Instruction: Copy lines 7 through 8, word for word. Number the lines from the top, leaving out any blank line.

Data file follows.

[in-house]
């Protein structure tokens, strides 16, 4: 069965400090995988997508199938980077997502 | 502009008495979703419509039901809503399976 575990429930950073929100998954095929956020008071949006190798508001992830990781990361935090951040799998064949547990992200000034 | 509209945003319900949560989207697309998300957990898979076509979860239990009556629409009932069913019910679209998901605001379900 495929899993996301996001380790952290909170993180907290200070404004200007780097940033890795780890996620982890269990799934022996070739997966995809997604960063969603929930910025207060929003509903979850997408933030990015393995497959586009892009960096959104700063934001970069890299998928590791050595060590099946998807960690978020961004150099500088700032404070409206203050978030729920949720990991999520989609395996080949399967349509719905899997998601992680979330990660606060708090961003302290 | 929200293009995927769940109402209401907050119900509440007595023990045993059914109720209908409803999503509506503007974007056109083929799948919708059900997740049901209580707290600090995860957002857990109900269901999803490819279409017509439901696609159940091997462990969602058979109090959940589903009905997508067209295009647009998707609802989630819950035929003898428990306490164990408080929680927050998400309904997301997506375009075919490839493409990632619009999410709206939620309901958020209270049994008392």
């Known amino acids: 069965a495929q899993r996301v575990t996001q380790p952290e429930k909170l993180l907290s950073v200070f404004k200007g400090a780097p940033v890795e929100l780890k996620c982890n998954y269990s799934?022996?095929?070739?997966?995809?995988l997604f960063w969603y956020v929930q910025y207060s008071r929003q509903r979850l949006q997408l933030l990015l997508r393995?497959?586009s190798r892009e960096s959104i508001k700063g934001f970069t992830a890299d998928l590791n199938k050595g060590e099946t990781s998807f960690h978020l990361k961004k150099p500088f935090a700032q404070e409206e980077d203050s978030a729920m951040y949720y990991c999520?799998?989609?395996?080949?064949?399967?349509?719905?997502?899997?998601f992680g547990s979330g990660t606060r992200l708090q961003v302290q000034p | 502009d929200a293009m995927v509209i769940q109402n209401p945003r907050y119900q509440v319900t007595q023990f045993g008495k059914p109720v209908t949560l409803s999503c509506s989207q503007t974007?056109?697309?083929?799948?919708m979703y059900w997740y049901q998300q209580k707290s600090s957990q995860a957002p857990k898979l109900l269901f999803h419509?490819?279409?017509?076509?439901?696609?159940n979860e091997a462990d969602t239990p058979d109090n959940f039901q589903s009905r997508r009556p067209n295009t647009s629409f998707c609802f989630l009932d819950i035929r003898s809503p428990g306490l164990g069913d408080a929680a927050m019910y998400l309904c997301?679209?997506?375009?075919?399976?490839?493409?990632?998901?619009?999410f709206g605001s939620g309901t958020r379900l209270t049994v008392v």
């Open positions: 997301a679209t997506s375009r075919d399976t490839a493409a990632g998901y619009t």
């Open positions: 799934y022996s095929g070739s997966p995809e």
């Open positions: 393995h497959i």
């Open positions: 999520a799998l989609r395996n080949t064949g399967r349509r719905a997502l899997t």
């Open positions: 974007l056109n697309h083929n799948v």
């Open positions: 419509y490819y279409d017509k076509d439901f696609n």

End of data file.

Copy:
């Open positions: 999520a799998l989609r395996n080949t064949g399967r349509r719905a997502l899997t």
């Open positions: 974007l056109n697309h083929n799948v």